Memory and Imagination within Human Experience
Tony Earley delves into his own memories in his book, Somehow Form a Family. In the introduction, he instructs the reader on the purpose of narrative form, defines a personal essay, and reveals the true nature of creative nonfiction. In the ten essays that follow, he provides sketches of the events and people who shaped his life. Earley focuses on a different bit of common ground in each story, giving his readers everything they need to know within a relatively short span of pages.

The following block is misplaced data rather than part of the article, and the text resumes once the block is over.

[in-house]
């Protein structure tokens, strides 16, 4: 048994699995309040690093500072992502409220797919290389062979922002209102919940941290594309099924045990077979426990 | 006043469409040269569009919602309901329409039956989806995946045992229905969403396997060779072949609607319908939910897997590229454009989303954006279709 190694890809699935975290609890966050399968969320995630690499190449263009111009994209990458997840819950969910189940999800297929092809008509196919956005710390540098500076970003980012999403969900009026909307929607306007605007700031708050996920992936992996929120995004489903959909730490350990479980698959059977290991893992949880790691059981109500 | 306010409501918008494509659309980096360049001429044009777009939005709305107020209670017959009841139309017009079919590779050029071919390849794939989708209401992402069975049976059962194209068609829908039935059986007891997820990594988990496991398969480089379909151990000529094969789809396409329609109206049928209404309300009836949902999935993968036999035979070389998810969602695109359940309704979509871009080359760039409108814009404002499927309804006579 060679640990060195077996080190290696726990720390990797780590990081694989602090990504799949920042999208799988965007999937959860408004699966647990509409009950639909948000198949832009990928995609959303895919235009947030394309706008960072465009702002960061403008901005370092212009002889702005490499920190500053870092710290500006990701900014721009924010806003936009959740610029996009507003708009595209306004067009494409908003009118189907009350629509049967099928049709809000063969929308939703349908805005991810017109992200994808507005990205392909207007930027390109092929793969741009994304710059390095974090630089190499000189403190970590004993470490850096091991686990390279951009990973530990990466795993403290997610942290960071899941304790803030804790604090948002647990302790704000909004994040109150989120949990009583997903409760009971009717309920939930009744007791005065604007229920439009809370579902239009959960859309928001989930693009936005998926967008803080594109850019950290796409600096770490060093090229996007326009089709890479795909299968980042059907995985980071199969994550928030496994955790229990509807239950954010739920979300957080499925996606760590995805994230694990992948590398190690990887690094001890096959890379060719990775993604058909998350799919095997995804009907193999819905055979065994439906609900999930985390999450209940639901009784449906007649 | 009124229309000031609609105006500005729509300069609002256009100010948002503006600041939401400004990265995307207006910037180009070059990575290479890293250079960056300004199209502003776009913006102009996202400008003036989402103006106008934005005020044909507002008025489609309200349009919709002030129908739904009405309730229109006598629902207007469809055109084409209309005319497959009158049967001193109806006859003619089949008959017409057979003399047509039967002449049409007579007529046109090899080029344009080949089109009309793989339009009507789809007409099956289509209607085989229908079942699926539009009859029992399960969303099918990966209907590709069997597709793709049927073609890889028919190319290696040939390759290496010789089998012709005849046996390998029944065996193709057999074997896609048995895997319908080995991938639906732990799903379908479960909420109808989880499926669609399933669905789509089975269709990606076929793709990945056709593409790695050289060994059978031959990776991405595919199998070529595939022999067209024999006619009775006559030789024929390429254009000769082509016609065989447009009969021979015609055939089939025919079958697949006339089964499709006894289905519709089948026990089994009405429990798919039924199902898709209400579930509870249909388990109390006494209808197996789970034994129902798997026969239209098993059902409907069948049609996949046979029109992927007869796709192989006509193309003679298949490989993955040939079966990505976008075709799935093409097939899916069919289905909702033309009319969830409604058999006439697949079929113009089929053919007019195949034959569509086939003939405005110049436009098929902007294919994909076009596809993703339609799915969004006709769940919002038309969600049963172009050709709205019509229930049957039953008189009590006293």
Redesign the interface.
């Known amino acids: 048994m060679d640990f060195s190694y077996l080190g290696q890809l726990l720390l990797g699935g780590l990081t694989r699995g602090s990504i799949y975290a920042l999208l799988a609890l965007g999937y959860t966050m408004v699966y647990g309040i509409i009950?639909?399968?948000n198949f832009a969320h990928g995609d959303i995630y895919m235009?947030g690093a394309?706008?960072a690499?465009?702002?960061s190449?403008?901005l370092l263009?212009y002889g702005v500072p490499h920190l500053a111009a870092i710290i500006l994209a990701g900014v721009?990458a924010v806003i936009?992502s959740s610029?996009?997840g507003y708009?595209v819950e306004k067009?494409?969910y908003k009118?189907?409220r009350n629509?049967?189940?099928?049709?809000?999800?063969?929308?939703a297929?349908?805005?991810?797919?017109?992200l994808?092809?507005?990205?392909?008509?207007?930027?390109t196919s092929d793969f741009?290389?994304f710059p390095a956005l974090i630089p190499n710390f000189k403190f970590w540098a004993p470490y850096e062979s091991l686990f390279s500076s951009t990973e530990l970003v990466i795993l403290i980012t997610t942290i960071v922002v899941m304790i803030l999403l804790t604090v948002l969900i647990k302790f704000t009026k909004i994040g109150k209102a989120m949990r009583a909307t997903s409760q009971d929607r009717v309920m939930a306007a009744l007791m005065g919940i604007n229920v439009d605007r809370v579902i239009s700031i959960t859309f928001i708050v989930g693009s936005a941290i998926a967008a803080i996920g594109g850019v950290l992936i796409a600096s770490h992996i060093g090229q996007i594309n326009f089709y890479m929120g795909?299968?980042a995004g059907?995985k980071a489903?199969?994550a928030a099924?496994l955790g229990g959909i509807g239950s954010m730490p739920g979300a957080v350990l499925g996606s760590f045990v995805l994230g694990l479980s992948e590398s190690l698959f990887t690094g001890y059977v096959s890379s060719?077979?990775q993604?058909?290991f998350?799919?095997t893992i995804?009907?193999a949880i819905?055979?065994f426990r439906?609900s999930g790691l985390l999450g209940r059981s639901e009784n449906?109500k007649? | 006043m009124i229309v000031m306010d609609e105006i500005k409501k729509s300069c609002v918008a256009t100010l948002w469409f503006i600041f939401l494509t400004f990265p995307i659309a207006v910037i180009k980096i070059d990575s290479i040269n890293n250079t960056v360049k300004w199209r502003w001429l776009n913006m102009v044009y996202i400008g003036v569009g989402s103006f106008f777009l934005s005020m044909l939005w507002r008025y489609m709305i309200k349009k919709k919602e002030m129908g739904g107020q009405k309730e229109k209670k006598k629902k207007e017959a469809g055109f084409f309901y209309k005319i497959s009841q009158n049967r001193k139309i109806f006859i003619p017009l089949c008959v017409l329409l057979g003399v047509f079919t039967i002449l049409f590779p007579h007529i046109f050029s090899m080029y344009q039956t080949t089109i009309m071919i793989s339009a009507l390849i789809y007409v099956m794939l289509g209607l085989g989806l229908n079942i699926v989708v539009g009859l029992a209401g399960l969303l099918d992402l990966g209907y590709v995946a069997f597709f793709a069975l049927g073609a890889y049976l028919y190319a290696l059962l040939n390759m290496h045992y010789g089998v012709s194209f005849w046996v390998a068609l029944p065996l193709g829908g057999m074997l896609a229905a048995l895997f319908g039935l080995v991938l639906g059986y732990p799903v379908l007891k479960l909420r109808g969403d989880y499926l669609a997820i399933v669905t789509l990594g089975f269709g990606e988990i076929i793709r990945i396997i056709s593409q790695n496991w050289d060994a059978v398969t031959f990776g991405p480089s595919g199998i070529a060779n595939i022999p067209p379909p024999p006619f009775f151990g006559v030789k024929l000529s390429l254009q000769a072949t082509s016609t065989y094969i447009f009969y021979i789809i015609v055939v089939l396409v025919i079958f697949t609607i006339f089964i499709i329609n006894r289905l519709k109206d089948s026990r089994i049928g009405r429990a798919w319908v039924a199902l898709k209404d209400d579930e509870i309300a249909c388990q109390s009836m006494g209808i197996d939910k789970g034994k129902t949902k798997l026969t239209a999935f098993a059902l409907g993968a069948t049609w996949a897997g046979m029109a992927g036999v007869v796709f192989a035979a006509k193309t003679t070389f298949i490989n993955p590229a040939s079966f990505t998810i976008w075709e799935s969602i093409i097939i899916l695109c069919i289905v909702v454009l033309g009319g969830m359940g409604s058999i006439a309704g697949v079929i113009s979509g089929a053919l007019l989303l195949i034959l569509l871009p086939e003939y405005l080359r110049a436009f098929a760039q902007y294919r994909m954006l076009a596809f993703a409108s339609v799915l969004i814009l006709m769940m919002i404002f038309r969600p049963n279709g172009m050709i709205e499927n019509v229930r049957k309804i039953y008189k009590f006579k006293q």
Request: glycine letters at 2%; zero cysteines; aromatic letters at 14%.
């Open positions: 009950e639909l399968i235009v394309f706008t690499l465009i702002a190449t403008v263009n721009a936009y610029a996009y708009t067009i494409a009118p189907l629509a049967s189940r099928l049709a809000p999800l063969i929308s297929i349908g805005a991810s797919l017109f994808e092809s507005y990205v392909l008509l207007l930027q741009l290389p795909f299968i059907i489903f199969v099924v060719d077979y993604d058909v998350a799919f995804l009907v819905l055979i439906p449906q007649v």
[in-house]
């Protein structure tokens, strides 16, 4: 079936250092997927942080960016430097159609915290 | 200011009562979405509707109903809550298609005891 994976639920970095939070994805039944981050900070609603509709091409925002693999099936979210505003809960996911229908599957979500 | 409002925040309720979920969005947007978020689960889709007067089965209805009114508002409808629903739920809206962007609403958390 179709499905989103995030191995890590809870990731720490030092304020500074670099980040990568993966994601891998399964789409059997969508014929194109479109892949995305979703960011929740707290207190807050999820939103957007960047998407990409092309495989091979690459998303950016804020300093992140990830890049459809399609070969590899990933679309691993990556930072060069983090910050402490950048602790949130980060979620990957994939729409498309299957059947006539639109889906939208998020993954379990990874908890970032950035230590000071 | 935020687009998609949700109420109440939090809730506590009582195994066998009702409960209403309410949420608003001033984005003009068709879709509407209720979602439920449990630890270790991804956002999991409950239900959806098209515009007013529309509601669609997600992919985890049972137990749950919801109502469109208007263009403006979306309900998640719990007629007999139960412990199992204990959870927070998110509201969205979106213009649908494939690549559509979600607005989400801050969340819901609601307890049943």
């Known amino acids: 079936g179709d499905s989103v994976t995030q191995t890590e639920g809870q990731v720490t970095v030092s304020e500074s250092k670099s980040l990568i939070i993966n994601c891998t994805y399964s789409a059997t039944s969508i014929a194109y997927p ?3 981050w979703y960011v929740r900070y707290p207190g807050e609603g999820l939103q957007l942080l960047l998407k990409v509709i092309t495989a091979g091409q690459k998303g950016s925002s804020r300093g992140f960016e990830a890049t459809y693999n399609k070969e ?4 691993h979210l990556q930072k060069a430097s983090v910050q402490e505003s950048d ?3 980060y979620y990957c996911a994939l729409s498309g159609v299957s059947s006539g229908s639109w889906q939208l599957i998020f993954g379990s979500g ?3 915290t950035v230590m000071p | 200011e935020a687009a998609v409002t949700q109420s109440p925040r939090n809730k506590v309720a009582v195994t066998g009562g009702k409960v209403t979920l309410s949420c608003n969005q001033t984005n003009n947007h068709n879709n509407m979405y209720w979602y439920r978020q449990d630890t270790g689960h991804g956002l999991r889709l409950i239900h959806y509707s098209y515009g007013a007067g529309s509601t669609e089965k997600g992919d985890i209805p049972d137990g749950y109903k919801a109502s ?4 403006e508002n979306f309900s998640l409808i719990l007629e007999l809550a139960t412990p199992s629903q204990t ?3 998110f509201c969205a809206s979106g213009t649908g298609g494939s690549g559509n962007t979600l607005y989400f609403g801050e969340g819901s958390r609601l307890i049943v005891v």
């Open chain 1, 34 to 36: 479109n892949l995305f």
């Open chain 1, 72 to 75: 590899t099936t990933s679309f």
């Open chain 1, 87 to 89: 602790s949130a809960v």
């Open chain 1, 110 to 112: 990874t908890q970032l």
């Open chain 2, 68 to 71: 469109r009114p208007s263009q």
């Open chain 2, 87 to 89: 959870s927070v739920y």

The uses of discernable facts, such as actual places, names, past events and past conversations, add elements of authenticity to Earley’s writings. From the Blue Ridge Mountains to the name Bill Ledbetter, to the numerous shows he watched throughout his adolescence, Earley presents these facts to the reader in order to tether the woven script to a tangible source. He repeats these facts over and over within each story, reflecting ag...